*So you don’t have to look those names up, they’re all people he’s worked with in A Perfect Circle.

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Tool’s 10,000 Days: The Proper Review

May 2, 2006 Leave a comment

The short and sweet:

A Perfect Circle + the best and worst of Tool’s 1st four albums = 10,000 Days.

Before I get to the details, I want to get one thing out of the way right now: Tool are trying their damnedest to win another “Best Pacakaging” Grammy. The lenticular case of 1996’s Aenima won them one, and I thought that Lateralus deserved one, too. But this… this is just too much. The coolness of the 3D imaging is completely overridden by the freakish ugliness of the package itself. Also, I’m lead to wonder how many people would have figured out the gimmick if it weren’t for the notes in the packaging. I did. But many more Tool fans are complete morons. (Ironic, I think.)

But anyway, on to the music.

“Vicarious” is still pretty ho-hum to me. “Jambi” is a fantastic song minus one thing: the damn TalkBox effect. I hate the TalkBox. Everything it’s used on automatically sounds like Bon Jovi. Especially when it’s pushed out front in the mix. It’s a good thing the bassline during that solo is a million times better than the guitar line. Both halves of “Wings for Marie” are very good, possibly some of the best work Tool has ever done. It’s a bit like “Parabol/a” from Lateralus, or perhaps a more thoughtful version of “Third Eye”. But it’s very good. The effects on “The Pot” are quite unusual, although the lyric is very much akin to “Hooker with a Penis”. “Rosetta Stoned” and “Right in Two” are both good ol’ Tool songs.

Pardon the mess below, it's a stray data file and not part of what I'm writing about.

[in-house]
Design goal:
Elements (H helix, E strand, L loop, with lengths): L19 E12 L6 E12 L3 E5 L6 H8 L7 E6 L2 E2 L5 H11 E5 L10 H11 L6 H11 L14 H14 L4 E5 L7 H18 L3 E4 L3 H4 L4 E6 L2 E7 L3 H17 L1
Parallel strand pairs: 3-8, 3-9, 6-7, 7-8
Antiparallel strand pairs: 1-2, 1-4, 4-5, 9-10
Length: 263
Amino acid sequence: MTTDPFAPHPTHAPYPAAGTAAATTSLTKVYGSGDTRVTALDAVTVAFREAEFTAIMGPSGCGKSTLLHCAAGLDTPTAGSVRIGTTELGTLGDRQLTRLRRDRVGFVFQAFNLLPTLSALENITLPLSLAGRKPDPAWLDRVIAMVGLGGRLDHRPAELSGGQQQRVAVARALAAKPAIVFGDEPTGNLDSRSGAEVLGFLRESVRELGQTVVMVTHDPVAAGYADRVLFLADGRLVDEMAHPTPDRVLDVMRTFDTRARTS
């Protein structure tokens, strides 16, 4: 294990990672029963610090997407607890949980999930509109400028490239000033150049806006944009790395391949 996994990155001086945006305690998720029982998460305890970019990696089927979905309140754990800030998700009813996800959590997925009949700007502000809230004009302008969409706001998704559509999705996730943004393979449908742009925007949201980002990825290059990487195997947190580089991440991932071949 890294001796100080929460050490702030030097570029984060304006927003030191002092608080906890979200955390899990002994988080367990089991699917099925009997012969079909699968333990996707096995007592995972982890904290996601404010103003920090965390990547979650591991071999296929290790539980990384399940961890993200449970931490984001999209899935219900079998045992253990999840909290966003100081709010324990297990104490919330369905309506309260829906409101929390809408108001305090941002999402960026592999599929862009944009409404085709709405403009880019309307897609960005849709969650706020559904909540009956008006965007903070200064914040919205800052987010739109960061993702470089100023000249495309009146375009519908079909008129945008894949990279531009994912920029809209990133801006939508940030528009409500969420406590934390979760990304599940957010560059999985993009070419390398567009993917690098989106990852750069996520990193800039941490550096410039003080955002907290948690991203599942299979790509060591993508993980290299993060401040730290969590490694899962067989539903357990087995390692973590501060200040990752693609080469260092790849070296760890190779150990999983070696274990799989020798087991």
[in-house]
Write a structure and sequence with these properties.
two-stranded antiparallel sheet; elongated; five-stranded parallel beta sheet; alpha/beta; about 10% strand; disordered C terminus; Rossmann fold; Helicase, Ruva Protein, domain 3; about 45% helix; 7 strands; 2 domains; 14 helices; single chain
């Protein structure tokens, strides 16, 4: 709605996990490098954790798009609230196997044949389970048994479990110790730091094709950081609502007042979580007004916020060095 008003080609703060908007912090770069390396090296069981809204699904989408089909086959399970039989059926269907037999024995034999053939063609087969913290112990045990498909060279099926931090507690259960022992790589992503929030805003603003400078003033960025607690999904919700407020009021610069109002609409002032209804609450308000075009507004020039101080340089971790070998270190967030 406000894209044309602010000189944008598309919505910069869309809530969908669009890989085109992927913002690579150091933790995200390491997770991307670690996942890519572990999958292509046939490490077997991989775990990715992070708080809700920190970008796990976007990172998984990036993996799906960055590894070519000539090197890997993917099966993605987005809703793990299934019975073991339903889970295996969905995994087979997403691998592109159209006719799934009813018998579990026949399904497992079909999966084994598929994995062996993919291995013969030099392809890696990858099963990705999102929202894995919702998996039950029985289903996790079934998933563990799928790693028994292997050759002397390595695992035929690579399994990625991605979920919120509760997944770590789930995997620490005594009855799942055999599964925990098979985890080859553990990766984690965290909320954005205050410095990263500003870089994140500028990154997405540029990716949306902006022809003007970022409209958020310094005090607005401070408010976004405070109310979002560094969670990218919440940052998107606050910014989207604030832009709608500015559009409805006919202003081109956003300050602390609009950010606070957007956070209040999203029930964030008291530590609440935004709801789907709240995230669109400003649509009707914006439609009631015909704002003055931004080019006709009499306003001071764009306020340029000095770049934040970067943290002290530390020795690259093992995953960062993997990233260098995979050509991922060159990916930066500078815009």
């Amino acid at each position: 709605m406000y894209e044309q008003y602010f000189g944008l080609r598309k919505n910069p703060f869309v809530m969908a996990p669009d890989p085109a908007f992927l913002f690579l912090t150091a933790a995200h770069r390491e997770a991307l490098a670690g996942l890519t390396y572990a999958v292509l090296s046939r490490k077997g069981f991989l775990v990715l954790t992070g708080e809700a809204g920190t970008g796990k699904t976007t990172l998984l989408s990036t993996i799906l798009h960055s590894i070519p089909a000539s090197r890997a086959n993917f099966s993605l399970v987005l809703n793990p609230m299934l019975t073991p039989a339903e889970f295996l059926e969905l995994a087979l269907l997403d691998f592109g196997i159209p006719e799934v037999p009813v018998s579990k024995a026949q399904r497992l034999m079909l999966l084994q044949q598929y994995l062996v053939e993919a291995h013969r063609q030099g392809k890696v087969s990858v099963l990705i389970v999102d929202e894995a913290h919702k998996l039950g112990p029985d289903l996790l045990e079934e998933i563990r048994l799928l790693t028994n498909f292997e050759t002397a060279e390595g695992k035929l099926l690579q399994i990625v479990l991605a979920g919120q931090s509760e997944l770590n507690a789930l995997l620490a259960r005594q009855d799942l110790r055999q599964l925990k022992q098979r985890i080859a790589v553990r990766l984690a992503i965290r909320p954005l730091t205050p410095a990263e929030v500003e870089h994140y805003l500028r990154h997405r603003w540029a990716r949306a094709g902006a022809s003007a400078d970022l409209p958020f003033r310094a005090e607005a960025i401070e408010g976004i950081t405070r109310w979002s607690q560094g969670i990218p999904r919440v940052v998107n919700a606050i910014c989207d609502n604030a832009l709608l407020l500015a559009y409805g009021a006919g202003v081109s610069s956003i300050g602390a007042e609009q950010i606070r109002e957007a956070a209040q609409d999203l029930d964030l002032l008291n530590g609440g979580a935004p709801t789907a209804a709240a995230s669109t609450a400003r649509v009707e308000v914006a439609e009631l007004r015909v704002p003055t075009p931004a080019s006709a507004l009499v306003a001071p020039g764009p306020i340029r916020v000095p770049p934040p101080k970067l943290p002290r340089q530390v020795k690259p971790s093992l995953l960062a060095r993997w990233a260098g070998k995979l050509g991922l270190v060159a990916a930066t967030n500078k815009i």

The thing that irritates me about this album (aside from the production, which I’ll get to) is that the motion that Tool usually has is almost nonexistant in some places. They are masters of dynamics, yet most of it seems either slow and open or tight and rockin’. The only place where they’re really at the top of their form, artistically, is “Wings”. The segue tracks, like those on Aenima, are ultimately filler. One last word on the actual tracks: “Viginti Tres” is unusual. The vocal sounds like a dream I had once. A very disturbing one. But that’s a personal aside.

Production-wise, this album sounds like A Perfect Circle made a Tool album. Where Lateralus was open and atmospheric, 10,000 Days is claustrophobic and… pristine. The mix itself sounds similar to Undertow, but with more clarity. Justin Chancellor’s bass tone is ridiculously good. The biggest thing that annoys me, overall, is the compression of the record. The dynamics are crushed too much to give them any real impact. You’re not going to get the volume swell from “Parabol/a” here, nor the crushing heaviness after the bridge of “Ticks and Leeches”.